Recent research has highlighted the importance of the human microbiome in many human disease and health conditions. Most current microbiome association analyses focus on unrelated samples; such methods are not appropriate for analysis of data collected from more advanced study designs such as longitudinal and pedigree studies, where outcomes can be correlated. Ignoring such correlations can sometimes lead to suboptimal results or even possibly biased conclusions. Thus, new methods to handle correlated outcome data in microbiome association studies are needed. In this paper, we propose the correlated sequence kernel association test (CSKAT) to address such correlations using the linear mixed model. Specifically, random effects are used to account for the outcome correlations and a variance component test is used to examine the microbiome effect. Compared to existing genetic association tests for longitudinal and family samples, we implement a correction procedure to better calibrate the null distribution of the score test statistic to accommodate the small sample size nature of data collected from a typical microbiome study. Comprehensive simulation studies are conducted to demonstrate the validity and efficiency of our method, and we show that CSKAT achieves a higher power than existing methods while correctly controlling the Type I error rate. We also apply our method to a microbiome data set collected from a UK twin study to illustrate its potential usefulness. A free implementation of our method in R software is available at https://github.com/jchen1981/SSKAT.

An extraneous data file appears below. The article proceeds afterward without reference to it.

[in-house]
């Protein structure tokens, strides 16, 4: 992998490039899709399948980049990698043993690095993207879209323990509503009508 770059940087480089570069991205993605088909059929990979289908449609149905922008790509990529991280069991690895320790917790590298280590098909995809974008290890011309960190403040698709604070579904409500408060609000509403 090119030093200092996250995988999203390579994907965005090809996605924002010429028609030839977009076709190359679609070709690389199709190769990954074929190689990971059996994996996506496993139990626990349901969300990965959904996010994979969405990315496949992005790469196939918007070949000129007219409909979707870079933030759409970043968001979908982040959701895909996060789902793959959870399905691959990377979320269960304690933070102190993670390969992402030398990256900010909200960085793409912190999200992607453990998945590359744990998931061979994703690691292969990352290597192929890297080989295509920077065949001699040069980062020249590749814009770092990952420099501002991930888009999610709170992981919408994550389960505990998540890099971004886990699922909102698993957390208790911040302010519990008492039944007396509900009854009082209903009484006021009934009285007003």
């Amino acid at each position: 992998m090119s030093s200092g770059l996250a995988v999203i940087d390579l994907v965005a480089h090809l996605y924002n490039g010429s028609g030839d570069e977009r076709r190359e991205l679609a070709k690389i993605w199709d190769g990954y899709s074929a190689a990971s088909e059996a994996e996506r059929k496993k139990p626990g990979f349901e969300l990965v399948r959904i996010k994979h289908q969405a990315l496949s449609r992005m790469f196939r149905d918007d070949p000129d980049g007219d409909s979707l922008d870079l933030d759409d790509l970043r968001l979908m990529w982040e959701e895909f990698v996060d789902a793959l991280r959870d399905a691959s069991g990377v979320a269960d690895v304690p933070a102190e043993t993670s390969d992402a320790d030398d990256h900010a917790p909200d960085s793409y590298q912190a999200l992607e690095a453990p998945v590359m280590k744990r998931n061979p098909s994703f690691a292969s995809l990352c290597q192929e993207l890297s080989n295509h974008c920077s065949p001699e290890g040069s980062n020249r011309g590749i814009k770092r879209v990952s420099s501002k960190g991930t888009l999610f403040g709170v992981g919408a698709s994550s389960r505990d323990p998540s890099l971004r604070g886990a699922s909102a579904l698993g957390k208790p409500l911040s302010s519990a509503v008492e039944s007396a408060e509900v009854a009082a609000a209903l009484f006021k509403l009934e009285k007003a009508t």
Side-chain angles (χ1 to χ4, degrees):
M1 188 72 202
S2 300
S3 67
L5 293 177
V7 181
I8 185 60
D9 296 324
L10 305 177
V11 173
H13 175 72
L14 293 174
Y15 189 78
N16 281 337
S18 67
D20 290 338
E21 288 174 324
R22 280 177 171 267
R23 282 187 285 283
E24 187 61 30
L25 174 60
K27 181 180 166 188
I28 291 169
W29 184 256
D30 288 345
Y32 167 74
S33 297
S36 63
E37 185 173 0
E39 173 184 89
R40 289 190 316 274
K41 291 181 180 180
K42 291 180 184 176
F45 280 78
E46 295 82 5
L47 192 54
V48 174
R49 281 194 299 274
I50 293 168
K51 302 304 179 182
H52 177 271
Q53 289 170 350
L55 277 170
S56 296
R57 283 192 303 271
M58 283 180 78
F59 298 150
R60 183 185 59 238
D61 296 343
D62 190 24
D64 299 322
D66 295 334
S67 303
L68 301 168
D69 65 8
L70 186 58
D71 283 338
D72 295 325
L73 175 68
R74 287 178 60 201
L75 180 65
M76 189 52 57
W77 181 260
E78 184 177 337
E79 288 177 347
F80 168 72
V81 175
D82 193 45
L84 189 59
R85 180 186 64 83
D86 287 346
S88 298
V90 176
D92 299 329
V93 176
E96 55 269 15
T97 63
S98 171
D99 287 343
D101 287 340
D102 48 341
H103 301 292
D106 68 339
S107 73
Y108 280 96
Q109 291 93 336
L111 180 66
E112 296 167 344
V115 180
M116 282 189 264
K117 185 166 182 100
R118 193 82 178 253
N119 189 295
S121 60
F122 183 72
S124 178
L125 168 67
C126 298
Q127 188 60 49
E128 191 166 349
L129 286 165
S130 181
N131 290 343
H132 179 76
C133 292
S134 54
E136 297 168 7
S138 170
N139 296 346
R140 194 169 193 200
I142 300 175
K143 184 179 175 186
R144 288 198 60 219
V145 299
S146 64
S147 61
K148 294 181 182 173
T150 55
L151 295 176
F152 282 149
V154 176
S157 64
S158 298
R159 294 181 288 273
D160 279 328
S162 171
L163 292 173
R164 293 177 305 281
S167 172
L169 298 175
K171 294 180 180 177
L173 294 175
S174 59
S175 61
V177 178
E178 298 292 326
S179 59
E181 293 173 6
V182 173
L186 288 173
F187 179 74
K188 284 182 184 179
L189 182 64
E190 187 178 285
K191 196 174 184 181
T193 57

- correlated outcomes
- linear mixed model
- microbiome association analysis
- small sample
ASJC Scopus subject areas